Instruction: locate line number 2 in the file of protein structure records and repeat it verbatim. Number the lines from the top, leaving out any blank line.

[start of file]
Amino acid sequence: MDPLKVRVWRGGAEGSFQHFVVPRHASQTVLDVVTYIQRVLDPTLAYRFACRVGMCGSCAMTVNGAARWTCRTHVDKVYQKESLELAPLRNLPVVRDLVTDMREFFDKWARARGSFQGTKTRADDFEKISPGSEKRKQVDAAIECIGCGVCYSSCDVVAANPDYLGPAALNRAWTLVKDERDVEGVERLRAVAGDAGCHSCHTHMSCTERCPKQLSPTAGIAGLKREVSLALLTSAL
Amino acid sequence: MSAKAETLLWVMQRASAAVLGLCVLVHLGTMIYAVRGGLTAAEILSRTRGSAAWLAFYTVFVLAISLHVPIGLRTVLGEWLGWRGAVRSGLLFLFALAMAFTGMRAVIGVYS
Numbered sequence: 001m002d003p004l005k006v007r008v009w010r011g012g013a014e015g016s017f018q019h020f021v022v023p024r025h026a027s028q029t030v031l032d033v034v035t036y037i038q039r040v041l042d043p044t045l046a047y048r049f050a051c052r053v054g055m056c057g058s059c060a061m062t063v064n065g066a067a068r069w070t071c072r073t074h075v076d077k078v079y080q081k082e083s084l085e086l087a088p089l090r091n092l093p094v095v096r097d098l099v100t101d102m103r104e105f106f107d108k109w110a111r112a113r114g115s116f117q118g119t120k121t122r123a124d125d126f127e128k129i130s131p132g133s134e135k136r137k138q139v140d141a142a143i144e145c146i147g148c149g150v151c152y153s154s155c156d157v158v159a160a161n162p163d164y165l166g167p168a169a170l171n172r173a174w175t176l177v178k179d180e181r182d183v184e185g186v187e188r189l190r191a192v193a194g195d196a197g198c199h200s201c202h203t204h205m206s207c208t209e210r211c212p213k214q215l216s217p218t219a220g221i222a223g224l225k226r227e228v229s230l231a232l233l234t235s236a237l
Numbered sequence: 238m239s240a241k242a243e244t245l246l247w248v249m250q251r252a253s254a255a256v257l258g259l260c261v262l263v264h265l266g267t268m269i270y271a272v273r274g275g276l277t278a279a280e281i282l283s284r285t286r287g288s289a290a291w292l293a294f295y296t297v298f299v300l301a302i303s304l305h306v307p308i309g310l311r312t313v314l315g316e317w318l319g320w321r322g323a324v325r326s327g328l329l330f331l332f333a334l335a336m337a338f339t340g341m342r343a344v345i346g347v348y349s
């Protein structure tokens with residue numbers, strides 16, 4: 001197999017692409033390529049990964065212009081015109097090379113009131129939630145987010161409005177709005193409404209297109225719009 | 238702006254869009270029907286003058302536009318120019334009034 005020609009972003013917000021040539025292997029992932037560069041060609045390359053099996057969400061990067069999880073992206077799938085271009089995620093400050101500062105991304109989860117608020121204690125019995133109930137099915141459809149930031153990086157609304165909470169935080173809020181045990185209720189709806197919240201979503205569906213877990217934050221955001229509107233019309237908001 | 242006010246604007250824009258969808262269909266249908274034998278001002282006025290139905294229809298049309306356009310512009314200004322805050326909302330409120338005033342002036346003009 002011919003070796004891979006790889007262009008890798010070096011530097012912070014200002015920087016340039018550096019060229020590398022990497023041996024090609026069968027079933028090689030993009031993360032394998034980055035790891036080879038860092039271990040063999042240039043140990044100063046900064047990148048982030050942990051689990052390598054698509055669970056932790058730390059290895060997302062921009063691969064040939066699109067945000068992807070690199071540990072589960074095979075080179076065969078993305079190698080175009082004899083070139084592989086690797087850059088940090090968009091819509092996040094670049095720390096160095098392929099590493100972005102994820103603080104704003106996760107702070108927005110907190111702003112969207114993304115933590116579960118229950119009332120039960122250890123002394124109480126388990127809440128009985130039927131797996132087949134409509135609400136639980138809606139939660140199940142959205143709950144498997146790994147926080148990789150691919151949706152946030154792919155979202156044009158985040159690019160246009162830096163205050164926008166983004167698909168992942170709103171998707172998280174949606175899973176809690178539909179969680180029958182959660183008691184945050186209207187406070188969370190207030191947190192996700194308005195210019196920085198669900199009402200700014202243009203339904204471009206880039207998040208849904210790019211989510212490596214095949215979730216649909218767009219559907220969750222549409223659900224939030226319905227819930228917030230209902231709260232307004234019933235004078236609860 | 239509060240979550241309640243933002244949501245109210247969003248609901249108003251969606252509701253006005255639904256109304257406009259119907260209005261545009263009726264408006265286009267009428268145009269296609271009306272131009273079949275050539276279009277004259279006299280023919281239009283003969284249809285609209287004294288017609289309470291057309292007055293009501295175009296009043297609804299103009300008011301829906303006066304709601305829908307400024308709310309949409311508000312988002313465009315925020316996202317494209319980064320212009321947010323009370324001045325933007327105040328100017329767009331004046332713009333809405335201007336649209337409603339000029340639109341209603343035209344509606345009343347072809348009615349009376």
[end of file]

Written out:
Amino acid sequence: MSAKAETLLWVMQRASAAVLGLCVLVHLGTMIYAVRGGLTAAEILSRTRGSAAWLAFYTVFVLAISLHVPIGLRTVLGEWLGWRGAVRSGLLFLFALAMAFTGMRAVIGVYS